Link | | subscribe | RSS feeds | latest newscast | archive | Facebook page

Australia to sue ex-Guantanamo detainee for book royalties
Maureen Cosgrove on July 21, 2011 9:08 AM ET

Photo source or description
[JURIST] The Australian government announced Thursday that it will sue former Guantanamo Bay [JURIST news archive] detainee David Hicks [JURIST news archive] for royalties from his memoir. Hicks spent more than five years without trial in US custody after being captured in Afghanistan following the terror attacks of 9/11 [JURIST backgrounder]. He wrote an autobiography last year entitled "Guantanamo: My Journey," describing his tenure as a detainee. The Australian Director of Public Prosecutions [official website] applied for a restraining order [AFP reporter] and an order to obtain the book's profits, claiming the profits constitute proceeds of a crime. Pursuant to Australian proceeds of crime law amendments tailored specifically to the Hicks case [JURIST report], the ex-detainee is not permitted to profit from his book. Hicks pleaded guilty to a charge of providing material support [JURIST reports] to terrorists at an appearance before a US military commission in March 2007 and was sentenced to nine months in prison. He was then transferred [JURIST report] to a maximum security prison near his hometown of Adelaide, South Australia to serve the remainder of his nine-month prison sentence.

Under the plea agreement, Hicks was required to state that he "has never been illegally treated" while being held as an enemy combatant by the US and that his detention was lawful pursuant to the laws of armed conflict. Hicks was also prohibited from having contact with the media for a period of one year, ordered not take any legal action against the United States for his treatment during his five-year detention, and required to turn over any profits from an eventual sale of his story to the Australian government. Hicks' detention and trial have been heavily criticized, with the Law Council of Australia, for example, calling Hicks' trial a "charade" [JURIST report]. JURIST Special Guest Columnist and former Australian prime minister Malcolm Fraser argued that Hicks' trial before a US military commission demonstrated the disturbing willingness of two allegedly democratic governments to abandon the rule of law for an expedient and evil purpose in his op-ed entitled "The US, Australia and David Hicks: Abandoning the Rule of Law."

Link | | subscribe | RSS feeds | latest newscast | archive | Facebook page

Guinea authorities arrest nearly 80 suspects after attack on president
Erin Bock on July 21, 2011 8:34 AM ET

Photo source or description
[JURIST] Guinea authorities have arrested between 70 and 80 suspects accused of plotting an attack on President Alpha Conde [official website] Wednesday. Assailants launched rocket-propelled grenades at Condes' home, and three people were killed, including one of his bodyguards. The suspects include [Reuters report] former army leader General Nouhou Thiam and a past member of Conde's presidential guard. Conde delivered an address later in the day on state radio assuring investors that the country is not unstable and asking citizens to remain calm [AP report] and unite. The attacks were "strongly condemned" by UN Secretary-General Ban Ki-Moon [official website] who urged the citizens of Guinea to maintain peace and democracy [statement] in the country. The US Department of State [official website] also issued a statement condemning the attacks [text]:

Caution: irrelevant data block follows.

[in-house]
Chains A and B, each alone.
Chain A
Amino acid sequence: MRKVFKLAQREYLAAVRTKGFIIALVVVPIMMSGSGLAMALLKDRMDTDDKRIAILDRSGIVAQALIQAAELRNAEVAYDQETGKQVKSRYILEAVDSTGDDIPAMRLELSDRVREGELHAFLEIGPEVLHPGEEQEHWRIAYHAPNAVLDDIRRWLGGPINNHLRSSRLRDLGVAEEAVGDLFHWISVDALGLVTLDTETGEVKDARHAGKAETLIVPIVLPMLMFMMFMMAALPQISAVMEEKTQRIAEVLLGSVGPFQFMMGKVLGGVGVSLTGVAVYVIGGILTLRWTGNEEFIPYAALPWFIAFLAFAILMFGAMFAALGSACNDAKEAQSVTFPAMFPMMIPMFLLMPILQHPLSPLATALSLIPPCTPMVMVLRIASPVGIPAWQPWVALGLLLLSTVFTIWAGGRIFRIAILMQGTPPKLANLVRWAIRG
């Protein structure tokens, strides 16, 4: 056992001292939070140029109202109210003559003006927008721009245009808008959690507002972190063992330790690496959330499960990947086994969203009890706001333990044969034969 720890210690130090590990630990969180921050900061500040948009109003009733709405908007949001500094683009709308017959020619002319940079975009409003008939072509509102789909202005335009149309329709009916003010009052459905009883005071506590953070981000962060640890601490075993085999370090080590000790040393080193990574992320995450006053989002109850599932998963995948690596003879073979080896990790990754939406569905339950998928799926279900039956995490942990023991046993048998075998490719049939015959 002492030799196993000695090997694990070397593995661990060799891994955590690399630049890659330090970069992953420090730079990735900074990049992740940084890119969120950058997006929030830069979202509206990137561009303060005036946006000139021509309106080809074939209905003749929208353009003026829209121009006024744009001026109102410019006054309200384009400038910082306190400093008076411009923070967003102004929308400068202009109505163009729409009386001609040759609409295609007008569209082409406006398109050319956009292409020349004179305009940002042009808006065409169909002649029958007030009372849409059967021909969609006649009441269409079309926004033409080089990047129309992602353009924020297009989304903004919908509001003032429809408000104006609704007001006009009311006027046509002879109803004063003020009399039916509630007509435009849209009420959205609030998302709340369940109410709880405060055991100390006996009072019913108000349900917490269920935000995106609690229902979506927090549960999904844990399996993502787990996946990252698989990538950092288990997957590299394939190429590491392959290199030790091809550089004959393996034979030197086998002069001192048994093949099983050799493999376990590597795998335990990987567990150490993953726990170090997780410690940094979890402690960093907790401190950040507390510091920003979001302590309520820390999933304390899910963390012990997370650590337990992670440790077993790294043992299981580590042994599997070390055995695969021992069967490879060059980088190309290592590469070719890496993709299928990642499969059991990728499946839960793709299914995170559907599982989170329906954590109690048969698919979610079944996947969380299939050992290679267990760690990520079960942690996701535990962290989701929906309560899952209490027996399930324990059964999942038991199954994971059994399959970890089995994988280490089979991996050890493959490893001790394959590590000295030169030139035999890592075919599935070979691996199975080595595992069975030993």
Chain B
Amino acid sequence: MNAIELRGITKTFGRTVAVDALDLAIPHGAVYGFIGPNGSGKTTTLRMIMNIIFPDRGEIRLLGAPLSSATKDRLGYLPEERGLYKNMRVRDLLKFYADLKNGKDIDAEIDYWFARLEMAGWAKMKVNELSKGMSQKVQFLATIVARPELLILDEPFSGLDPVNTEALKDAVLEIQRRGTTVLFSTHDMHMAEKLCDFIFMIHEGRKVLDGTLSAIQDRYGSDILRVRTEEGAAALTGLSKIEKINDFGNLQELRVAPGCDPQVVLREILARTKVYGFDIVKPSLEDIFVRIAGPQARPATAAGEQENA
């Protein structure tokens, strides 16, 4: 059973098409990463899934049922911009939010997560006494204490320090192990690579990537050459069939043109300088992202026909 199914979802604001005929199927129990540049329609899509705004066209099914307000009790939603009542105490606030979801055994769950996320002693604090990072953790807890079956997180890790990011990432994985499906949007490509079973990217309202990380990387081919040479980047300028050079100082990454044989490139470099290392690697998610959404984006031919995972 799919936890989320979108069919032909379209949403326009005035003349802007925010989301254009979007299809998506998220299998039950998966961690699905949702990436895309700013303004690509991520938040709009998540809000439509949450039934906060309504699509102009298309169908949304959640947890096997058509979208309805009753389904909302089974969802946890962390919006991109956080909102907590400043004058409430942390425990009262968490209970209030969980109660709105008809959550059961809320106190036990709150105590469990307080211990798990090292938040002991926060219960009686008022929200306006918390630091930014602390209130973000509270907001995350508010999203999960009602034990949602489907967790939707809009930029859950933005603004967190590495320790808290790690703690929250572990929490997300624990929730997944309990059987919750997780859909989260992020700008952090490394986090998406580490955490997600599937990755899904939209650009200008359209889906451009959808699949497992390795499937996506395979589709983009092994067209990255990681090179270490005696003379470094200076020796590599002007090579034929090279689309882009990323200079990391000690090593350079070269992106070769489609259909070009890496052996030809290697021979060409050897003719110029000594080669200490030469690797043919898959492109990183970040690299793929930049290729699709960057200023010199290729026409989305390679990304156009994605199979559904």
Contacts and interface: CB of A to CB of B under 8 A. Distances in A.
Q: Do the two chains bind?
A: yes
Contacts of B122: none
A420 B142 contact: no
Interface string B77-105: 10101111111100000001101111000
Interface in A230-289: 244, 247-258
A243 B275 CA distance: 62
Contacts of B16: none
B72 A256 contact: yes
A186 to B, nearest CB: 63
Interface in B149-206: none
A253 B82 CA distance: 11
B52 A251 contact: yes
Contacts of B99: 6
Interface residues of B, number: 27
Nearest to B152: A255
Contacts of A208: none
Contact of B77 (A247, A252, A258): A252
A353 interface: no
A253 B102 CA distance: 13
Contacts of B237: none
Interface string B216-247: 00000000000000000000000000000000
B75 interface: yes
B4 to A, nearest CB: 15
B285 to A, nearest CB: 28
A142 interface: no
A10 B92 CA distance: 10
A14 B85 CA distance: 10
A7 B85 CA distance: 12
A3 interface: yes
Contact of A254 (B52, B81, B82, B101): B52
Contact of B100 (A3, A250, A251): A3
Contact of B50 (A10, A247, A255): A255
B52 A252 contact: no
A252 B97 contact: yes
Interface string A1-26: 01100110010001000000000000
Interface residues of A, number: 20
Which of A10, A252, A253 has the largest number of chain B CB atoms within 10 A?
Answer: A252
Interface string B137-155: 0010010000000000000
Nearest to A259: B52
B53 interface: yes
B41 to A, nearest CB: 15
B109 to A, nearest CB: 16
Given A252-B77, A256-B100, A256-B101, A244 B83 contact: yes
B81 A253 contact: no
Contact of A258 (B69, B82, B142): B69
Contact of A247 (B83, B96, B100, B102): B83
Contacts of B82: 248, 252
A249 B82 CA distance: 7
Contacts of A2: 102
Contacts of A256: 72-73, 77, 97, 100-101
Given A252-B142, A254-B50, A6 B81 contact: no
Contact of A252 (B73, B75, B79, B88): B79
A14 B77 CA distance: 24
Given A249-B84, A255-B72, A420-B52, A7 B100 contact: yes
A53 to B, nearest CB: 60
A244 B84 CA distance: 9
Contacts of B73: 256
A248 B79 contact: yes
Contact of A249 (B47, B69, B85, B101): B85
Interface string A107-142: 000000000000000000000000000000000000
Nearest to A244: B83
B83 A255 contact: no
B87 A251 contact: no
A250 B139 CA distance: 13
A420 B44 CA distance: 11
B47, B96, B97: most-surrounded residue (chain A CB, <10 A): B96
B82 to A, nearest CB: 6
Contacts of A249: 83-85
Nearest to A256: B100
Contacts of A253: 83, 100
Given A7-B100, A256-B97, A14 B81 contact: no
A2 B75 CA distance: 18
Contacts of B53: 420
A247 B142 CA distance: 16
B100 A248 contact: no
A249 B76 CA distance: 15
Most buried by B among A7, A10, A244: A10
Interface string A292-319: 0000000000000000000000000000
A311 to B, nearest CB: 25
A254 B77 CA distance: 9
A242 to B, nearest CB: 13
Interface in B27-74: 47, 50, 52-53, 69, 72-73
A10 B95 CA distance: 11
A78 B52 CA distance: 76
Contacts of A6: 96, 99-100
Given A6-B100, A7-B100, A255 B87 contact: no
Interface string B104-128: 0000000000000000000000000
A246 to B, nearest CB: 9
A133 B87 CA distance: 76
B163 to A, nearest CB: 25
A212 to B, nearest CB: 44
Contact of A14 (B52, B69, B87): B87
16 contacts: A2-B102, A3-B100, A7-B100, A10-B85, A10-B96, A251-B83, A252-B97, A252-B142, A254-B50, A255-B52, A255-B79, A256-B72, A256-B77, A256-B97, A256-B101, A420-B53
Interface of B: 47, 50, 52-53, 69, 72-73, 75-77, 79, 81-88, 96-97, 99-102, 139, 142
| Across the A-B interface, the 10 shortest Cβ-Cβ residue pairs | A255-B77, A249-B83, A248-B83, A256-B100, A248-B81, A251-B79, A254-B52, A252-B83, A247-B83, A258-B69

The Guinean people fought long and hard for the right to choose their leader and have a representative government. Overthrowing a democratic government through force is unacceptable. These violent acts undermine democracy and the rule of law and threaten stability in the region. The United States calls on the people of Guinea to remain committed to the principles of democracy and to express disagreements through peaceful means.
In December, the Supreme Court of Guinea declared Conde the winner [JURIST report] of the country's presidential run-off election held in November. This election ended two years of military rule under a transitional government formed by military captain Moussa Dadis Camara [BBC profile], who staged a coup in the wake of the death of form president Lansana Conte [Guardian profile], who ruled the nation for 24 years.

Guinea was also embroiled in political violence late last year when the presidential election gave way to post-election violence [JURIST report], resulting in the deaths of seven people and causing the government to declare a state of emergency. The deputy prosecutor of the International Criminal Court (ICC) lamented the killings along with the UN Office of High Commissioner for Human Rights (OHCHR). In October, the OHCHR expressed concern that security forces in Guinea "committed serious human rights violations" [JURIST report] in subduing demonstrations. In September, two Guinean election officials were convicted of election fraud [JURIST report] and sentenced to a year in jail in connection with irregularities that arose in the June presidential primary election, one incident in a string of controversies responsible for multiple delays of the runoff, which was initially scheduled for July [Reuters report]. In May, the ICC sent a delegation from the Office of the Prosecutor (OTP) [official website] to Guinea to further investigate the killing [JURIST report] of more than 150 pro-democracy protesters in Conakry in September 2009. The protesters had rallied against Camara, who announced in October that he intended to push elections forward three months and stand for election, breaking a promise not to run made shortly after he took power. Camara was ultimately forced into exile two months later after an assassination attempt staged by one of his aides.

Link | | subscribe | RSS feeds | latest newscast | archive | Facebook page

For more legal news check the Paper Chase Archive...


Unprecedented Notice of Warrantless Wiretapping in a Closed Case
Ramzi Kassem
CUNY School of Law

Get JURIST legal news delivered daily to your e-mail!


Add Paper Chase legal news to your RSS reader or personalized portal:
  • Add to Google
  • Add to My Yahoo!
  • Subscribe with Bloglines
  • Add to My AOL


Subscribe to Paper Chase by e-mail. JURIST offers a free once-a-day digest [sample]. Enter your e-mail address below. After subscribing and being returned to this page, please check your e-mail for a confirmation message.

R|mail e-mails individual Paper Chase posts through the day. Enter your e-mail address below. After subscribing and being returned to this page, please check your e-mail for a confirmation message.


Join top US law schools, federal appeals courts, law firms and legal organizations by publishing Paper Chase legal news on your public website or intranet.

JURIST offers a news ticker and preformatted headline boxes updated in real time. Get the code.

Feedroll provides free Paper Chase news boxes with headlines or digests precisely tailored to your website's look and feel, with content updated every 15 minutes. Customize and get the code.


Paper Chase is JURIST's real-time legal news service, powered by a team of 30 law student reporters and editors led by law professor Bernard Hibbitts at the University of Pittsburgh School of Law. As an educational service, Paper Chase is dedicated to presenting important legal news and materials rapidly, objectively and intelligibly in an accessible, ad-free format.


Paper Chase welcomes comments, tips and URLs from readers. E-mail us at JURIST@jurist.org